The problem with digital marketing training
From lack of comprehensive courses on the subject to a dearth of opportunities to apply newly learnt skills, digital marketing is a tricky but favoured career option
Digital tools are redefining marketing. Yesterday’s Chief Marketing Officer is today’s Chief Marketing Technologist. Digital is the new shiny thing that all brands are toying with. Every agency and publisher is gung ho about digital marketing and its CAGR of 30 per cent. There is just one problem: comprehensive courses and qualified talent.
The talent crunch in the world of advertising is no secret. Over years, the best talent has moved away from the agency business, leaving advertising agencies with limited talent to choose from. Digital has amplified this crunch because most professionals are trained in traditional marketing and not digital. Therefore, agencies and marketing teams are tasked with reskilling and upskilling talent for the digital world.
Leading B-schools in the country have been contemplating introducing a digital marketing module for a long time but have made limited in-roads with offering a comprehensive course. The biggest challenge: “there are no theories or concepts,” says Ramendra Singh, Associate Professor, Indian Institute of Management Calcutta. Singh is the Programme Director for the IIM-C digital marketing course that was introduced two years ago.
At a time when every marketer, agency and consultancy is only speaking the language of digital business transformation, the All India Council for Technical Education suggests just four elective courses in the MBA programme that are centered around digital: Digital and Social Media Marketing, Managing Digital Innovation and Transformation, E-Commerce and Digital Markets, and Managing Digital Platforms.
Faculty at B-schools are far removed from the practice of digital marketing and “depend on industry practitioners to teach these courses,” says Singh. IIM-C now offers one 30-hour elective course on digital marketing for its PGP students and a 15-hour course for the executive programme. “But what can you teach about a vast topic like digital in just 30 hours?” asks the head a Mumbai-based digital agency.
While B-schools are still figuring out the best methods to teach digital marketing, numerous training institutes have cropped up to fill the need gap. These training institutes offer corporate courses to upskill talent within agencies and full-time and part-time courses for freshers/mid-career talent.
The precursor to training institutes were in fact short one-day two-day workshops, that really could not do justice to the subject “because of the practical nature of the subject,” says Rashmi Putcha, CEO, The Digital Marketing Training Institute (DMTI), Mumbai. She along with a council of top industry leaders founded DMTI in 2012. Now the institute offers full-time, weekend only, weekday only and several certificate courses in digital marketing.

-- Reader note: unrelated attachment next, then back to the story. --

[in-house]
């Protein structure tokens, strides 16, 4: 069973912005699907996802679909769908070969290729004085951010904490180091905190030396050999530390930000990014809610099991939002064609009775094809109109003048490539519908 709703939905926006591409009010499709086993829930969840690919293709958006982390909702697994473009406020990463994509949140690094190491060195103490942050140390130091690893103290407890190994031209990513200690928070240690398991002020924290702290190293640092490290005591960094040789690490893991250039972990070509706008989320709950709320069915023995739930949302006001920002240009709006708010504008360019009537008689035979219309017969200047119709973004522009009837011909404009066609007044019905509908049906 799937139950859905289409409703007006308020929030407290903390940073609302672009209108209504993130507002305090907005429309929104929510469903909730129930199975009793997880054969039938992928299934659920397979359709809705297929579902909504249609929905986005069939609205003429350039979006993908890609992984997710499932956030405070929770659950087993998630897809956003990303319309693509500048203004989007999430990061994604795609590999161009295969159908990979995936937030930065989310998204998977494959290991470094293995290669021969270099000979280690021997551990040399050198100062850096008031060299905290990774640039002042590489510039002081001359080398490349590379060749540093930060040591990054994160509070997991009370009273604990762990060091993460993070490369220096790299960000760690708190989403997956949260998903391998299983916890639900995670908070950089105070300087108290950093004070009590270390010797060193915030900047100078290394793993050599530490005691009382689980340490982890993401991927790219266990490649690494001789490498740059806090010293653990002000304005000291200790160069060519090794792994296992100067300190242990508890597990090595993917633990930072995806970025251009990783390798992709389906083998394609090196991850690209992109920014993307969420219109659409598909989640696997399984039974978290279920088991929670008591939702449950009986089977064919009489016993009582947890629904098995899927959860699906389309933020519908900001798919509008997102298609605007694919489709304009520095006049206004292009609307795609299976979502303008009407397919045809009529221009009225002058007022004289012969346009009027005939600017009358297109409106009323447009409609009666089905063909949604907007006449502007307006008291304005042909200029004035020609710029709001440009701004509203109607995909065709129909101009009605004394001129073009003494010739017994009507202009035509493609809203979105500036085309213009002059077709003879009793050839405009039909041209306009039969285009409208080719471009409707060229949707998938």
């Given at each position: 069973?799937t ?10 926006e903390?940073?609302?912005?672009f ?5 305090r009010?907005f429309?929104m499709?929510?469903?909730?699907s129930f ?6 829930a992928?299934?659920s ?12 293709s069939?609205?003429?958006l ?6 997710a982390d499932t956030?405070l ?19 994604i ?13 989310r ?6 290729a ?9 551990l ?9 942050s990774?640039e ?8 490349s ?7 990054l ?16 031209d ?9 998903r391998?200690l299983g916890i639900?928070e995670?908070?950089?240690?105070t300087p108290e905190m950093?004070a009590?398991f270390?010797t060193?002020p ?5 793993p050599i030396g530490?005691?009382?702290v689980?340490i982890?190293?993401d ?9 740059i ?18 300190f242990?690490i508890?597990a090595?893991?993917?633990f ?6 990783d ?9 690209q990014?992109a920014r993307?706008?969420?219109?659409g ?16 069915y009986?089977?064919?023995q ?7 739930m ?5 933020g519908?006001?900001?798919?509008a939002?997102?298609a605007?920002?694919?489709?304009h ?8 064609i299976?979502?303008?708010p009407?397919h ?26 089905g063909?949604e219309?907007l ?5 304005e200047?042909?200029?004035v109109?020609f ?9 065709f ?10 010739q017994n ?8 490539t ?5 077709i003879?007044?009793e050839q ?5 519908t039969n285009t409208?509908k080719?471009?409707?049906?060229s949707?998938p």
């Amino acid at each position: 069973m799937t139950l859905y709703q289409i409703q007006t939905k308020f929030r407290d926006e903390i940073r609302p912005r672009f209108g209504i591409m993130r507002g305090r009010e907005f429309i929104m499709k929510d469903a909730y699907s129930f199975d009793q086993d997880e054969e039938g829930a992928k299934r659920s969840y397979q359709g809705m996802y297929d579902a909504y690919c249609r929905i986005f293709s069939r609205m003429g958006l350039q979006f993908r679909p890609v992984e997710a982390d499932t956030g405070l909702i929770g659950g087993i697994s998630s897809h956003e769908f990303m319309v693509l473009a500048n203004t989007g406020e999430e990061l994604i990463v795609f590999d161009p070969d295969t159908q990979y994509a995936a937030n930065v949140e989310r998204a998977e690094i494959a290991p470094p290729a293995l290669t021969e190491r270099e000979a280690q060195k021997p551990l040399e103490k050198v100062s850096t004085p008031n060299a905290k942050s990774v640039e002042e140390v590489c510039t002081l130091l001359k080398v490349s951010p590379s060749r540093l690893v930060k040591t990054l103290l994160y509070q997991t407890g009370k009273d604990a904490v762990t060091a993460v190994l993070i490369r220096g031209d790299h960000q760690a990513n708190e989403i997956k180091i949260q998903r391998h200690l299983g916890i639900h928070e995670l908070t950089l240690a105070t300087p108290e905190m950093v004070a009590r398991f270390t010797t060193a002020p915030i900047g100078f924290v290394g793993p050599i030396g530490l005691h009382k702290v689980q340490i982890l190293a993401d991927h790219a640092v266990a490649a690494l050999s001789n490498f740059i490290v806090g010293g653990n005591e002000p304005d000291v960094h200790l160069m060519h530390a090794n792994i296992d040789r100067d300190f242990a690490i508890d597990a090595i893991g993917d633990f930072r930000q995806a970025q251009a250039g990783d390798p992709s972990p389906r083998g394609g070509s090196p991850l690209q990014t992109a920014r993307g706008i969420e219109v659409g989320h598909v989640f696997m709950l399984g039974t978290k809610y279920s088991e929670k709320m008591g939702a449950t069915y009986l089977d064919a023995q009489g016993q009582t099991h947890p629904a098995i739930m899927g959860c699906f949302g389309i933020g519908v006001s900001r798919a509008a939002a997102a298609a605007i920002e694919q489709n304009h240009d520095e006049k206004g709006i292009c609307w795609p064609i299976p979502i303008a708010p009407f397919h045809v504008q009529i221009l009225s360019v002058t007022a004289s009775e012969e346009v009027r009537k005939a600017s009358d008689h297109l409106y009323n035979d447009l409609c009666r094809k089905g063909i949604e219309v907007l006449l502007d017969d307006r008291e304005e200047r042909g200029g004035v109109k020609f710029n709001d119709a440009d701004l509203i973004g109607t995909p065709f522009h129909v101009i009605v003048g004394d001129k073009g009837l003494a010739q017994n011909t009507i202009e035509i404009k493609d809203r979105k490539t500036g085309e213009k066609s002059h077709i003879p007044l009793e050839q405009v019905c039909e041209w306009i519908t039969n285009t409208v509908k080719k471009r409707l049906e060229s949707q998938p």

Many who aspire to pursue digital marketing also sign up for online courses from one of the many open online course platforms. However, Putcha feels that purely online courses cannot be very effective in truly mastering digital marketing.
The courses and certificate courses offered by platforms such as Google or Facebook do help in padding up CVs to land a job. "That's just how far the certificate courses can take you," says a content marketing executive at a fin-tech firm.
Even with the practical training that some training schools offer, the real learning takes place only on the job. “These courses end up teaching very basic concepts which mid-career professionals are already acquainted with,” says a digital media executive who upskilled himself at a part-time programme from a digital marketing school. He points out the irony: “industry professionals are not the best teachers and faculty at B-schools and C-schools don’t know the subject.”
It is a wide belief that digital marketing cannot be taught. It can only be learnt on the job. “For our industry it is all about practice,” says Pooja Jauhari, CEO, The Glitch. “Therefore, we hire people who are hungry to learn, and build capabilities within teams that can be transferred to freshers who join,” she explains.
But learning on the job is also hard to come by, some say. Marketers suffer from the problem of finding opportunities to implement their digital marketing skills. Only 15 per cent of the total ad spend goes towards digital marketing. Also, very few advertisers are hands-on about digital, as often digital is outsourced to agencies. So, “a trained digital marketing professional needs to be lucky to find herself in a team that works with the digital medium,” says the digital marketing head of a technology company.
Until digital marketing as a subject is researched upon extensively to build models, concepts and theories, aspirants will need to make do with short-term programmes, certifications offered by platforms like Google, Facebook and MOOCs, says Singh. Shams Jasani, Group MD, Isobar South Asia, believes that an either or approach does not work when it comes to an MBA vs Digital Marketing Training Programme. He advices digital marketing aspirants to pursue a masters in marketing/MBA and layer that with training in digital marketing.
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